Study using human brain tissue shows herpes link to Alzheimer’s

adobestock_250192751-768x432-1The new study, reported in StatNews, is the first evidence of an association between herpesvirus HSV-1 and Alzheimer’s Disease using a lab model of a brain. Brain-like tissue infected with HSV-1 became riddled with amyloid plaques, one of the characteristic pathological findings in post-mortem studies of Alzheimer’s patients’ brains, along with tangles of tau protein. The plaques and other pathology that are generally thought to cause the disease may be the brain’s defensive response to viral infection long before the onset of symptoms. Amyloid is known to be antimicrobial but can disrupt brain structure and function. The finding may revitalize research on the connection between infectious agents and Alzheimer’s, a sort of backwater area of investigation, and the possibility that antiviral medications might offer treatment or prevention potential.

I am not a virologist, but it seems clear that some caution about these findings is indicated. The literature has see-sawed back and forth in recent years about whether viral etiologies are likely or not. Algorithms to analyze RNA and DNA sequencing data, and thus findings about viral presence in affected brains, can differ. More than 50% of us are estimated to be infected with HSV-1, far in excess of the proportion who will develop Alzheimer’s Disease. Indeed, non-demented patients may have considerable amyloid plaque at autopsy as well. The presence of higher levels of DNA strands of HSV-1 in postmortem studies of Alzheimer’s brains was first observed around 30 years ago but proving causality has not been easy. More recent studies have contradicted that findingas well, as well as putative links between Alzheimer’s and other herpesvirus or non-herpes viral genomes.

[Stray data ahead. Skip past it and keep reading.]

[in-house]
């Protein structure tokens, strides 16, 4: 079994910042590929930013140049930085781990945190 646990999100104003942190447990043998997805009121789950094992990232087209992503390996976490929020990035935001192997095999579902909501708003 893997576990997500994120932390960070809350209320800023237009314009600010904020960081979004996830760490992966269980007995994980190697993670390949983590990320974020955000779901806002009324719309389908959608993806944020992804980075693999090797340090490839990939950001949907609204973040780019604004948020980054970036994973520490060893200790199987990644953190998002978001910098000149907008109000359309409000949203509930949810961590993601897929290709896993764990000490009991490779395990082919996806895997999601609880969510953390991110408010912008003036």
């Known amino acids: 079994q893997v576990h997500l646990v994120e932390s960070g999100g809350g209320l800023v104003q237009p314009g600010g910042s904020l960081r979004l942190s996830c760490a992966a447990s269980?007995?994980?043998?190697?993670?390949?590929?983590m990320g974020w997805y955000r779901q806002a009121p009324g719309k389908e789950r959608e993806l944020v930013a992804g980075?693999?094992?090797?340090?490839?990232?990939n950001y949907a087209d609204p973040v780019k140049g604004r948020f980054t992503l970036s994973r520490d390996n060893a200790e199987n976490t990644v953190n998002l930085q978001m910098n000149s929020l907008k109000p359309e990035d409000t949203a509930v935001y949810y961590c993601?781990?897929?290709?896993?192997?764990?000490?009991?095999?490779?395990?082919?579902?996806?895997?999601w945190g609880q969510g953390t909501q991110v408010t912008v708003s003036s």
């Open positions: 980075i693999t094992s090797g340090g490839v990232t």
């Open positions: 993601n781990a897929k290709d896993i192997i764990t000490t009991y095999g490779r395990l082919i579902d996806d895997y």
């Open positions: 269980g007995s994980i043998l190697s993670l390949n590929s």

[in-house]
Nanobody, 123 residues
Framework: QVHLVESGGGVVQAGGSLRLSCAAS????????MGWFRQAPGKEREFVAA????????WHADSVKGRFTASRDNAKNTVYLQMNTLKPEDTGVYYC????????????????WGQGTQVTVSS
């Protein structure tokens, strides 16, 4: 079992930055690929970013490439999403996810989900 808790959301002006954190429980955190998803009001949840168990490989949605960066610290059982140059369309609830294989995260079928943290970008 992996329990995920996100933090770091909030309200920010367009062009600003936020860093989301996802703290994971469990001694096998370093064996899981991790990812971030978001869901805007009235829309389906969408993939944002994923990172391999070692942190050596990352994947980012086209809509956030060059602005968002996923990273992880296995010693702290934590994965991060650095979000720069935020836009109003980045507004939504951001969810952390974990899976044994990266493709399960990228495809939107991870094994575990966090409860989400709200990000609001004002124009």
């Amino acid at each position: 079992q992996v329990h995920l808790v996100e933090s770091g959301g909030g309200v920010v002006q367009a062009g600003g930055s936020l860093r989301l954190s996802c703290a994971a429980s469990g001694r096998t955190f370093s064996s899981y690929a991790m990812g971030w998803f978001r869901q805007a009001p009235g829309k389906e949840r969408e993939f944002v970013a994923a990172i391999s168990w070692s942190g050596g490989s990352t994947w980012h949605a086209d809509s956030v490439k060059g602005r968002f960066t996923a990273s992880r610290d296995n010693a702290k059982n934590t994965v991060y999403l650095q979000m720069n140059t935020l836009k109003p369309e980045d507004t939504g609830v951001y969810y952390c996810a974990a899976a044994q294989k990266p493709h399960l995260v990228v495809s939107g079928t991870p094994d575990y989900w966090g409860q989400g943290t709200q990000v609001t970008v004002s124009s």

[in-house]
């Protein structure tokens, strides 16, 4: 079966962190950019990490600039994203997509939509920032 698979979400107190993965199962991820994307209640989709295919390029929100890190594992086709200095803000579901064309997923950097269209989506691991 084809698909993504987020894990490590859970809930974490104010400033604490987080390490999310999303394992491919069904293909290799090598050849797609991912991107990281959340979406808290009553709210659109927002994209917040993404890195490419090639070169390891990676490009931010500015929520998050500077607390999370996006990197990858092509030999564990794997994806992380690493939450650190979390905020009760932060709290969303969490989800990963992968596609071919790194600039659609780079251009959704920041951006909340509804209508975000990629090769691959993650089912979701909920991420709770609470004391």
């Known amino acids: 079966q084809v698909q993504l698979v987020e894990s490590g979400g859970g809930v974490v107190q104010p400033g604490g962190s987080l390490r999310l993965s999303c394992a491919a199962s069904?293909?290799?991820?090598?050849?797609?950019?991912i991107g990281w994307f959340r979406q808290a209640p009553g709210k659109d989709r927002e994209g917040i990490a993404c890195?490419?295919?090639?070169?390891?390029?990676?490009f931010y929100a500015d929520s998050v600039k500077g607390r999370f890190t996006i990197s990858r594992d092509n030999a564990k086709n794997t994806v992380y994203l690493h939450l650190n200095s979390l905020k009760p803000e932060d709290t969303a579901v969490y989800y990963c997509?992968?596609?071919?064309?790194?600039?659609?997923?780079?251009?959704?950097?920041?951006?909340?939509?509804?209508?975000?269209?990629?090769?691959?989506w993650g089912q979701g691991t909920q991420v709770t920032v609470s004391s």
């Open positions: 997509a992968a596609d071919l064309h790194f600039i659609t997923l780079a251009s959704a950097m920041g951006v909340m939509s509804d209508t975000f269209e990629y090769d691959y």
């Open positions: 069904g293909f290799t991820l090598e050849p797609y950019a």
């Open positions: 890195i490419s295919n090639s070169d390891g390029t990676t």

(Props to Abby)

New piece of Alzheimer’s puzzle found

Via Neuroscience Stuff:

‘Two years after discovering a way to neutralize a rogue protein linked to Alzheimer’s disease, University of Alberta Distinguished University Professor and neurologist Jack Jhamandas has found a new piece of the Alzheimer’s puzzle, bringing him closer to a treatment for the disease.

In a study published in Scientific Reports, Jhamandas and his team found two short peptides, or strings of amino acids, that when injected into mice with Alzheimer’s disease daily for five weeks, significantly improved the mice’s memory. The treatment also reduced some of the harmful physical changes in the brain that are associated with the disease.

“In the mice that received the drugs, we found less amyloid plaque buildup and a reduction in brain inflammation,” said Jhamandas, who is also a member of the Neuroscience and Mental Health Institute.